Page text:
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Why Patient-Centered Care is Important

Sep 26, 2022

More than 15% of American adults are at risk of developing chronic kidney disease during their lifetime. To slow disease progression, people with chronic kidney disease (CKD) need to be able to perform self-management. This vital yet complex task requires support and individualized care from healthcare professionals. 

However, some CKD patients report insufficient collaboration, communication, and support from healthcare professionals, according to a 2017 study. This is why Panoramic Health has created a value-based care platform that provides CKD and ESRD patients with holistic CKD care coordination. Panoramic Health’s approach to value-based kidney care empowers patients to approach their health journey with confidence. 

Key Points: 


  • The core objective of patient-centered care is the collaboration between patients and healthcare providers that aligns care with the patient’s preferences and values. 
  • Patient-centered care is based on culture, collaboration, communication, and care. 
  • Patient-centered care improves patient outcomes through targeted patient care strategies. 

What is Patient-Centered Care? 


Patient-centered care is a healthcare approach that gives patients the power to play an active role in their health journey. Healthcare providers treat patients clinically and consider patient care from a mental, financial, emotional, and social perspective. Many studies show when patients feel empowered in their health journey, their overall outcomes are more likely to improve. 

The fours C’s of patient-centered care:

  • Culture 
  • Care 
  • Communication 
  • Collaboration 

The elements of patient-centered care include: 

  • Complete healthcare information is shared promptly with the patient and their family, allowing them to make informed decisions. 
  • Care focuses on the emotional and physical well-being of the patient. 
  • Respect is shown to the patient and the patient’s family values, preferences, socioeconomic conditions, and cultural conditions. 
  • The healthcare provider’s mission, leadership, values, and quality-improvement drivers align with patient-centric goals. 
  • Patients and their family members play an active role in care decisions at the appropriate system and patient levels. 
  • In the care setting, the presence of family members is facilitated and encouraged.

The ultimate mission of providing patient-centric care is to improve population health outcomes and individual health outcomes. Other benefits providers and healthcare systems can receive by implementing a PCC model include:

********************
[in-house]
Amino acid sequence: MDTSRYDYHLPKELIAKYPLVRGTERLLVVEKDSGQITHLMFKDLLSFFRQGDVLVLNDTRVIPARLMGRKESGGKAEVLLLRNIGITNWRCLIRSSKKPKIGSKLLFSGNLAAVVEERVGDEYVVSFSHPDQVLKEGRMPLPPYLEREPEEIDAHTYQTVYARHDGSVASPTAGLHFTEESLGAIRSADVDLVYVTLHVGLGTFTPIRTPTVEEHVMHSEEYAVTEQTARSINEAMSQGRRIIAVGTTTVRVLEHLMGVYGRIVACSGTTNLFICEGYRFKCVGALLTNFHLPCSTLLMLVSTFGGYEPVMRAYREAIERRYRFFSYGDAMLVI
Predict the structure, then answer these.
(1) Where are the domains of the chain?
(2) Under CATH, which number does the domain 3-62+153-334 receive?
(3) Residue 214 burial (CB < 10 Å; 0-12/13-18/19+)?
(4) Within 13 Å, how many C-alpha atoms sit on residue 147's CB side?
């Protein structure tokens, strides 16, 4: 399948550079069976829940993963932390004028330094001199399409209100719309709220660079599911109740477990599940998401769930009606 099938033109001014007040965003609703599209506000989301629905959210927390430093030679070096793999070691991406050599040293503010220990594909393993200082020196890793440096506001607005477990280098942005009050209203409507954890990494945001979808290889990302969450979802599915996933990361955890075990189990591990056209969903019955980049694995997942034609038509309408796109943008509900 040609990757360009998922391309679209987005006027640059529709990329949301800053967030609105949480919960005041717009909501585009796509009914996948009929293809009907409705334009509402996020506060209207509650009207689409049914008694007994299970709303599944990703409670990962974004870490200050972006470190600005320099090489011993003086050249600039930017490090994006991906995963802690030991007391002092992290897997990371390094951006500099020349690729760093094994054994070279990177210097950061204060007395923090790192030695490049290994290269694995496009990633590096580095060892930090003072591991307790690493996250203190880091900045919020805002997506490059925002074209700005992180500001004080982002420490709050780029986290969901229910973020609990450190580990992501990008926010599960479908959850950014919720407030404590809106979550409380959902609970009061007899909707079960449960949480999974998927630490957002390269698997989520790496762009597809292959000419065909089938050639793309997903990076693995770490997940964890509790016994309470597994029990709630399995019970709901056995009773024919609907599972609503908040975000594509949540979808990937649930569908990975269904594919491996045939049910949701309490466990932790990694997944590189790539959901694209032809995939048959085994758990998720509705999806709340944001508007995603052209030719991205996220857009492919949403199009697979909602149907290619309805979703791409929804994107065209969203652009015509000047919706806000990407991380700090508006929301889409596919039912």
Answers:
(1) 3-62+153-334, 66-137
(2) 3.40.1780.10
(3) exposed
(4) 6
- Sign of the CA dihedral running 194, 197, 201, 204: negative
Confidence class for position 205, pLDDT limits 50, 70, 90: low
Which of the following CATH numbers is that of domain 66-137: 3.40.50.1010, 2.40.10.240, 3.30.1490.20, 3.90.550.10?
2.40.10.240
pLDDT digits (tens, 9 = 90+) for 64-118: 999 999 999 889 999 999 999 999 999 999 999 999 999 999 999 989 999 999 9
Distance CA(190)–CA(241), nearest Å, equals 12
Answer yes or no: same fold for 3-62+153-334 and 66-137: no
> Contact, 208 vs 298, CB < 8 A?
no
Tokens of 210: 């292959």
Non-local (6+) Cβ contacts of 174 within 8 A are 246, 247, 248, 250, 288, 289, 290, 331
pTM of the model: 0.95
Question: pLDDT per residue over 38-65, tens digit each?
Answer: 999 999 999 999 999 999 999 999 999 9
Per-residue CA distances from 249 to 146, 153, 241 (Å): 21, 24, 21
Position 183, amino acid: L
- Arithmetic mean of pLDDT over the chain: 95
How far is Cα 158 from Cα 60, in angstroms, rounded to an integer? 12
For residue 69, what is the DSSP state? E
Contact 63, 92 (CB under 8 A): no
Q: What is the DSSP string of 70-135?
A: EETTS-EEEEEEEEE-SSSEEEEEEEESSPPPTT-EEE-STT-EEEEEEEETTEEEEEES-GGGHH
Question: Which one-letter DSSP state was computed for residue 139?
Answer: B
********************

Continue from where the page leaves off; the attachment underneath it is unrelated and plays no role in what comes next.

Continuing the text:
• Improved financial margins and reduced expenses throughout the continuum of care. 
  • Practice satisfaction scores are improved. 
  • Ancillary staff and clinicians experience increased productivity and morale. 
  • Better resource allocation.

While implementing a patient-centric care model may be worth exploring in any healthcare setting, there is an even greater impact for those treating chronic disease patients. 

The Importance of Patient-Centered Care In Chronic Kidney Disease


Patients with CKD or ESKD need complex treatment, with the nature of the care changing as the disease progresses. In the later stages of CKD, care becomes less preventative and more focused on managing complications. Advanced stages of CKD have historically resulted in poorer outcomes and greater costs of care. In fact, end-stage renal disease is characterized by high incidences of hospital admissions and more demanding procedures. It is estimated that approximately 760,000 Americans are affected by ESRD, which is set to grow 5% annually. 

A patient-centric approach can provide healthcare systems and providers with initiatives that can improve overall kidney care in the U.S. Here are three reasons why PCC is important in comprehensive CKD care.

  1. Empowers patients:

CKD patients are empowered through their health journey as PCC encourages: 

  • Better access to care. 
  • More affordable treatment plans for end-stage renal disease.
  • Improved care coordination. 
  • Education including increased access to information about treatment, detection, diagnosis, and chronic kidney disease prevention. 
  • Novel innovations aimed at preventing or managing CKD.
  • Increased care model options that improve quality of life.
  1. Promotes shared decision-making: